Two Important Words
Expressing your appreciation for another’s time and effort may be among the softest skills around. Yet, hard data and numerous studies confirm that a simple “thank you” can make all the difference when it comes to landing a job, retaining a client and building critically important relationships.
1. Student job candidates must send thank-you notes.
It’s hard to beat the title CareerBuilder.com attached to their own infographic: Nothing says “hire me” like “thank you.” According to the on-line job finder, here’s the hard data that supports my claim that a simple thank-you note can make all the difference:
- 22% employers say they’re less likely to hire a candidate if they don’t send a thank-you note after an interview.
- 86% said it shows a lack of follow through.
- 56% said it indicates that the candidate isn’t really serious about the position.
- 89% said it’s okay to send a thank-you in the form of an email.
Click here to download CareerBuilder’s infographic.
It should go without saying that post-interview thank-you notes must be mistake free. Students should triple-check the spelling of each recipient’s name as well as the name of the employer.
2. If you want to boost work performance, encourage everyone to say “thank you.”
Every successful business I know constantly seeks ways to promote cooperation and encourage performance among individual employees and work groups. It turns out two simple words pack the power to accomplish just that.
Researchers Adam Grant, Wharton School of the University of Pennsylvania, and Francesca Gino, Harvard Business School, have quantified the importance of saying “thank you” through a series of studies described in their paper, “A Little Thanks Goes a Long Way: Explaining Why Gratitude Expressions Motivate Prosocial Behavior.” One study looked at two groups of university fundraisers. A supervisor offered public thanks to one group, but not the other. Although there was no change in the average number of calls made by the group that was not thanked, the fundraisers who received a warm two sentence thank you—yes, that’s all it took—made an average of 50% more calls during the subsequent week.
3. If you want to retain clients and customers, a simple “thank you” helps.
Most professional services providers have long believed that it’s far more profitable to retain a current client than to try to land a new one. Now we have data that support this belief. According to Bain and Company, a five percent increase in customer retention can increase a company’s profitability by 75 percent. And according to Lee Resource Inc., attracting new customers costs companies five times more than keeping an existing customer.
So why do clients leave? In 2012 U.S. News and World Report reported on data collected by the Rockefeller Corporation regarding the reasons clients left their health care providers. Nearly 70 percent quit because of “an attitude of indifference” by one or more persons representing the healthcare entity. Had someone simply said, “Thank you for coming in,” retention may well have improved.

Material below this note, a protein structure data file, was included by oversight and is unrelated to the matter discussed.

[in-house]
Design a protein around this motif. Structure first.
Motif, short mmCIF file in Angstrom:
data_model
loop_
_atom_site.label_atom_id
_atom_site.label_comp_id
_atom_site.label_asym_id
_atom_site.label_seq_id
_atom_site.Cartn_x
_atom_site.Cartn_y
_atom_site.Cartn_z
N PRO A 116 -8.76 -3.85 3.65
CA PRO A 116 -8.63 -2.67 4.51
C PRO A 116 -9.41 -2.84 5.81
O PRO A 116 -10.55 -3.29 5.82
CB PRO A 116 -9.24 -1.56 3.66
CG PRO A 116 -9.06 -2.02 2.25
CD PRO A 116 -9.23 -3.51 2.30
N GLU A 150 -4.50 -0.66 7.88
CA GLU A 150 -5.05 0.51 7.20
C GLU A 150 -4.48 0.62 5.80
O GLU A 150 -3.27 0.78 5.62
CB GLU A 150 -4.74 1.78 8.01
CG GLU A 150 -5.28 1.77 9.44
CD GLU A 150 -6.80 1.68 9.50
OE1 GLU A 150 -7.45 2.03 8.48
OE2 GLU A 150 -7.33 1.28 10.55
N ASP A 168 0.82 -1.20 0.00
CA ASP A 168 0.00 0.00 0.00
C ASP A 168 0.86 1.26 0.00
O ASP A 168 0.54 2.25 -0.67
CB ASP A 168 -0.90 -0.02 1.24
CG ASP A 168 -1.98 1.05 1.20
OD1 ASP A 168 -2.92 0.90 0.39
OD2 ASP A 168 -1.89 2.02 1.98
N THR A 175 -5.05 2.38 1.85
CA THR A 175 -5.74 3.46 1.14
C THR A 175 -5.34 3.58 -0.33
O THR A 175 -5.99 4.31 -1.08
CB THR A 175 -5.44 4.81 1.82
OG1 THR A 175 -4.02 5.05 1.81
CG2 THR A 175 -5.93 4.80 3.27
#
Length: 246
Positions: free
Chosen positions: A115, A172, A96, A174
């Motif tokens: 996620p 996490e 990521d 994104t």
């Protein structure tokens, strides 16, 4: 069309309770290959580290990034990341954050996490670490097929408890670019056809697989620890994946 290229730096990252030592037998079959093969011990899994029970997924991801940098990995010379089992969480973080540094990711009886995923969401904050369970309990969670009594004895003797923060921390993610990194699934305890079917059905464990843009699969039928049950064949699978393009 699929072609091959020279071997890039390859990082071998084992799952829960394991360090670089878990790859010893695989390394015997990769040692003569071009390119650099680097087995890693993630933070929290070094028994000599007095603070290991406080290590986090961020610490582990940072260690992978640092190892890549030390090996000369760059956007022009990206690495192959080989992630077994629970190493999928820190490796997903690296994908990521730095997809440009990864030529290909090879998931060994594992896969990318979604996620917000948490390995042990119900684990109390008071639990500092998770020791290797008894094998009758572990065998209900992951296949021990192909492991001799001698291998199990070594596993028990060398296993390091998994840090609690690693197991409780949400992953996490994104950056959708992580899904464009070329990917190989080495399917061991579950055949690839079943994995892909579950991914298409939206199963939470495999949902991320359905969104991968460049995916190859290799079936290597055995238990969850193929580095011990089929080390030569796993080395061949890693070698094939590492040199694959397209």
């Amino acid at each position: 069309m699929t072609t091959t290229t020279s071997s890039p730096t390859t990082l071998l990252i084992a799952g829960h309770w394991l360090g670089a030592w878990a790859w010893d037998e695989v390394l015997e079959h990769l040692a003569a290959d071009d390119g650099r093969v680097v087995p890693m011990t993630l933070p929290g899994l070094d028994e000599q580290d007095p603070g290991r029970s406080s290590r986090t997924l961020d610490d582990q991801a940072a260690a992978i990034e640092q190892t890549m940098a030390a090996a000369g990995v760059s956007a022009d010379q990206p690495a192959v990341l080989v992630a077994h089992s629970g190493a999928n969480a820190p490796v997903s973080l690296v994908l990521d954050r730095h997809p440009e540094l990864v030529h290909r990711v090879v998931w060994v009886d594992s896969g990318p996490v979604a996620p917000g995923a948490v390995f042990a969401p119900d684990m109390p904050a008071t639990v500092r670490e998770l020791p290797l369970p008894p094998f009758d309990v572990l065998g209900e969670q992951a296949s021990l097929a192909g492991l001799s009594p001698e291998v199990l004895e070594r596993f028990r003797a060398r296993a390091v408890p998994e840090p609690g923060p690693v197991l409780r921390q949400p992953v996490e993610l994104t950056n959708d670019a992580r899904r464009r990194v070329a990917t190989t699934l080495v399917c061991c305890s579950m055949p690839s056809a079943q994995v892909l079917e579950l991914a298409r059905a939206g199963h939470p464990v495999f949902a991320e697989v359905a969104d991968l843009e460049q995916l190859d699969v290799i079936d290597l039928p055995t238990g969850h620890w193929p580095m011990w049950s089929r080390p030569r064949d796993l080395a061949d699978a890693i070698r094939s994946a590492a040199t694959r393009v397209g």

Please note the results of this analysis have been validated in other service sectors.
4. Say “thank you” for selfish reasons . . . like your health.
A small mountain of gratitude research confirms that thinking about those things for which you are grateful yields health benefits, and those benefits grow when you make the effort to express your gratitude.
Psychologists Robert Emmons, University of California-Davis, and Michael McCullough, University of Miami, divided participants in their study into two groups. One group was asked to write about something that had occurred during the week for which they were grateful, while the other group was asked to write about some of the daily irritations they had encountered. After ten weeks, the researchers found that the group who wrote about their gratitude were more optimistic, felt better about their lives, exercised more, and had fewer visits to physicians than the group who had focused on their problems.
Psychologist Martin Seligman, University of Pennsylvania, asked his study participants to personally deliver a letter of gratitude to someone who they had never properly thanked for some kindness. Sharing those thank-you notes resulted in a huge increase in participants’ happiness scores, and that benefit lasted a full month.
5. Writing a thank-you note requires little time or effort.
To write the perfect thank-you note, start with a salutation, and then simply draft three short sentences, including:
Sentence 1: Thank you very much for . . . (Describe the thing or action for which you are grateful, for example, making time in your schedule to interview me.)
Sentence 2: Describe one thing about the thing or action that made it special to you. (I enjoyed hearing about the current activities of your practice area and the future growth opportunities you foresee.)
Sentence 3: Describe your follow-up. (I look forward to your final decision. If I do not hear from you within the week, I will follow-up with Recruiting.)
Add an appropriate closing (Sincerely or Regards) and your name, and you’re done!
Thing You Need To Know
Writing a thank-you note or saying "thank you" can help you land a job and build an effective work team.
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